There was a time when I wore gold jewelry. Then, it became too traditional for me, so I wore it less. Finally, occasions at which I might have worn gold jewelry, even if it were not too traditional, vaporized from my life. The timing of these two trends was fortuitous. It would be bad to have a stash of fancy necklaces and bracelets but have nowhere to go to wear them. I forgot about my jewelry. You can wear beads and glass and pearls anywhere, even if you have nowhere to go. I wear beads when I have nowhere to go.
Today, I took my collection of gold jewelry to a store and sold it. It included my old wedding band and other gifts from my then-husband. When we lived in Chicago, our neighbor, Joe, was a jeweler. Most of what I found in my closet last night came from Joe’s business. I’m thinking that he brought it home in his pocket and my then-husband went next door to buy it. It was all very lovely, if you like gold jewelry. Once, Joe pulled out sapphires and rubies from his pants pocket, like jelly beans.
Anyway, while I was waiting for the appraiser to evaluate what I had brought to the store this morning, I listened to a conversation that a woman was having with one of the clerks at the other end of the counter. She had a necklace with a difficult clasp. She could not put it on without looking, and wanted to know how it could be changed.
“It is just me at home,” she said.
The clerk suggested something that might be easier. She called over the jeweler who would make it for her. He told the woman, Barbara, that he would have to readjust the ends of the necklace and fabricate an entirely new clasp. It would cost $95.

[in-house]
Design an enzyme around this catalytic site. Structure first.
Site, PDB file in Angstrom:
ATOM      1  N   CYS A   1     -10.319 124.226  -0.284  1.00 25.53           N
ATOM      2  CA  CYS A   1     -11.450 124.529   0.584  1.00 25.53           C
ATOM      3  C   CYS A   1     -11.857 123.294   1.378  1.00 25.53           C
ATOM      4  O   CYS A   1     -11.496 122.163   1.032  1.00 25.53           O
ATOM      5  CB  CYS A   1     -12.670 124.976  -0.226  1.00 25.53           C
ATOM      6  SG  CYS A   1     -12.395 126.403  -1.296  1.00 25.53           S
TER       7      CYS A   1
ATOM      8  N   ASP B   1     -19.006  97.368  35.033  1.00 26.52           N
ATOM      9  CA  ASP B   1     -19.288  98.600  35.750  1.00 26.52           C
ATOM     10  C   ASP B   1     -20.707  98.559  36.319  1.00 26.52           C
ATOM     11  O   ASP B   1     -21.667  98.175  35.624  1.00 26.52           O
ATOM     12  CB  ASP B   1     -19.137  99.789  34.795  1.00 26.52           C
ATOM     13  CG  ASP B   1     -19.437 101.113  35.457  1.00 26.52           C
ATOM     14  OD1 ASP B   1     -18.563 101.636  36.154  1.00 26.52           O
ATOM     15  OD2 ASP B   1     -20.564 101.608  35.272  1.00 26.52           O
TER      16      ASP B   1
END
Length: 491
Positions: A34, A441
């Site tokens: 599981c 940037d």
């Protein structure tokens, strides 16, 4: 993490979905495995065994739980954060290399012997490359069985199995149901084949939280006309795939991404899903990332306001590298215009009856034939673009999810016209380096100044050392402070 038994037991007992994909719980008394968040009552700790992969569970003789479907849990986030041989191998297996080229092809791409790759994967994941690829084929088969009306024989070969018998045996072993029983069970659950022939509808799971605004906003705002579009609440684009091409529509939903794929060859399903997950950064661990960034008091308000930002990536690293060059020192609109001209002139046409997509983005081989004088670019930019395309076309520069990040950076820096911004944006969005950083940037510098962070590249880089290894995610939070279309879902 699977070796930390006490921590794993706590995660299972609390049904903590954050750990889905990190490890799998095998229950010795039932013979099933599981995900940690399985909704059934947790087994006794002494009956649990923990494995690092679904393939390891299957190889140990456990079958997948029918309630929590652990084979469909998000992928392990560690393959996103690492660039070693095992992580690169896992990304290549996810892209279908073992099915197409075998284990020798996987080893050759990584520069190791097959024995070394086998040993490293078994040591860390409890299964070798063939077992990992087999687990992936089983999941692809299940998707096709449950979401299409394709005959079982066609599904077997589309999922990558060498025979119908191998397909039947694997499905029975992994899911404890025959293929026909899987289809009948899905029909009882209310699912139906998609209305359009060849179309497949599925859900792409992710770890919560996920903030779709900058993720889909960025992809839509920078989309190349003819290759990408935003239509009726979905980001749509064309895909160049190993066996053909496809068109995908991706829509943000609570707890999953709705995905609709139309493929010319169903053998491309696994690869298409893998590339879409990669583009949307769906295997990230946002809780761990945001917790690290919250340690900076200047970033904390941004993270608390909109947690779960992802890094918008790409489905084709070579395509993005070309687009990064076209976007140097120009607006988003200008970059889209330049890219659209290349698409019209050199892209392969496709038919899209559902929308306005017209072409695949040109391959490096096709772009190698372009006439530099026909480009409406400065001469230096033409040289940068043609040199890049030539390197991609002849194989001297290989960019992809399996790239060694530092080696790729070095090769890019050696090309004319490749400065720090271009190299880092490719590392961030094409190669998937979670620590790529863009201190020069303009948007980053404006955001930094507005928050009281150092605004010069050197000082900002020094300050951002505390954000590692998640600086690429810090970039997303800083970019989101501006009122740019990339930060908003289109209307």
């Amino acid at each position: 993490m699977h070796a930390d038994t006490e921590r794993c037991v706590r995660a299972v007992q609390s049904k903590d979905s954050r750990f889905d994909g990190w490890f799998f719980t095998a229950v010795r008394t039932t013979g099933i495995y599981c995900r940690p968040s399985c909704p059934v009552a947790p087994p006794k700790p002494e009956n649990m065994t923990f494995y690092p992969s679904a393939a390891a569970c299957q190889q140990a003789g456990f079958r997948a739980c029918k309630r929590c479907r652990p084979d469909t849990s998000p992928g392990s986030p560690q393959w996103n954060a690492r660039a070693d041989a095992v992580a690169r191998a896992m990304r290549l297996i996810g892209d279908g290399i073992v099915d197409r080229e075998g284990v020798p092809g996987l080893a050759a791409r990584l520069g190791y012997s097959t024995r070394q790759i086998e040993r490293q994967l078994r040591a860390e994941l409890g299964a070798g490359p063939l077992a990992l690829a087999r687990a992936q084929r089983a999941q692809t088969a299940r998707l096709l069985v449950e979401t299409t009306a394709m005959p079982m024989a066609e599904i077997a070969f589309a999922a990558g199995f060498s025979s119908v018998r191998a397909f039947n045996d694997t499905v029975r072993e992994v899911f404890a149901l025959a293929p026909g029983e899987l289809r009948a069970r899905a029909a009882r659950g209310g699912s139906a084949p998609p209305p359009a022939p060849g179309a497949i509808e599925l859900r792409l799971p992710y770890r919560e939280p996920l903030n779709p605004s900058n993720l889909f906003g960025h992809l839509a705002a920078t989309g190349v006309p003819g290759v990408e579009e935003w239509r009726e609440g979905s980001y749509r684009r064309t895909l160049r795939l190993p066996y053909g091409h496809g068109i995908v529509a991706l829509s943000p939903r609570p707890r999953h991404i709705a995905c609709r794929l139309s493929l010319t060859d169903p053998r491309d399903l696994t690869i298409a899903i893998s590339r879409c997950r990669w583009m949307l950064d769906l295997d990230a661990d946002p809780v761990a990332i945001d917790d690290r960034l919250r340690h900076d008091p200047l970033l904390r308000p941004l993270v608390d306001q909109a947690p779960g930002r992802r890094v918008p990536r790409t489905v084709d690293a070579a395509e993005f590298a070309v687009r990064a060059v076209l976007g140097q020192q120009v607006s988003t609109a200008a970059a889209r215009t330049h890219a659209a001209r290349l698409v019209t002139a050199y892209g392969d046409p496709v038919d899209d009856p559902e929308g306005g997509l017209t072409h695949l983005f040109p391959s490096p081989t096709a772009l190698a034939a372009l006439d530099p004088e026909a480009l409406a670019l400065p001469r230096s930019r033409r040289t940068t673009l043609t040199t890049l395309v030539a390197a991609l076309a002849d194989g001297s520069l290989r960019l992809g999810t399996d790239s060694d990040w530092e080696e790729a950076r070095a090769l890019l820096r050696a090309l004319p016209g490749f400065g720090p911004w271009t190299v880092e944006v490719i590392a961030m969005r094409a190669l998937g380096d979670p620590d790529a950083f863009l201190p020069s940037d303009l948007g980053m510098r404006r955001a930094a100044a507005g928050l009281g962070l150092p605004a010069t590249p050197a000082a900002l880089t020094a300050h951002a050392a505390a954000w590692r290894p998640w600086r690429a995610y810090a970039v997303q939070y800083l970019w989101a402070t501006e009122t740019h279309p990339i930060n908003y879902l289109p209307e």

Barbara thought for a few minutes. She was in her sixties, I think, and had a grey hairdo and pink lips.
“Not now,” she said, threading the necklace back into its sack. “It’s not that I have anywhere to wear it.”
For now, I have my children at home. If I can’t close a necklace clasp, I can ask one of them to do it for me. If I need a scratch in the middle of my back, they certainly can reach. If there is a bug in my hair, they will tell me. People who live completely alone can walk around with gnats in their hair and not know it. What else couldn’t Barbara do, I wondered, thinking, really, about what I should start practicing. I have figured out the buttons up the spine, the zippers, the attic. I need to work on the sunscreen and the twice yearly bed flipping. It is a challenge to avoid crashing into the ceiling fan. Once, before I was married, I removed a wall-to-wall carpet from underneath a twin bed, desk and chest of drawers, myself, and hauled it down a three-story walk-up to the curb. I can flip a bed.
Before Barbara left, another woman approached the counter, in between us. She was buying cuff links, an anniversary present.
“How long have you been married?” the salesperson asked.
“Forty-two years,” she said, not smiling.
The saleswoman was impressed. The woman said nothing else, returned her credit card to her wallet, and left. Barbara gazed from the end of the glass. I took my money and deposited it in the bank.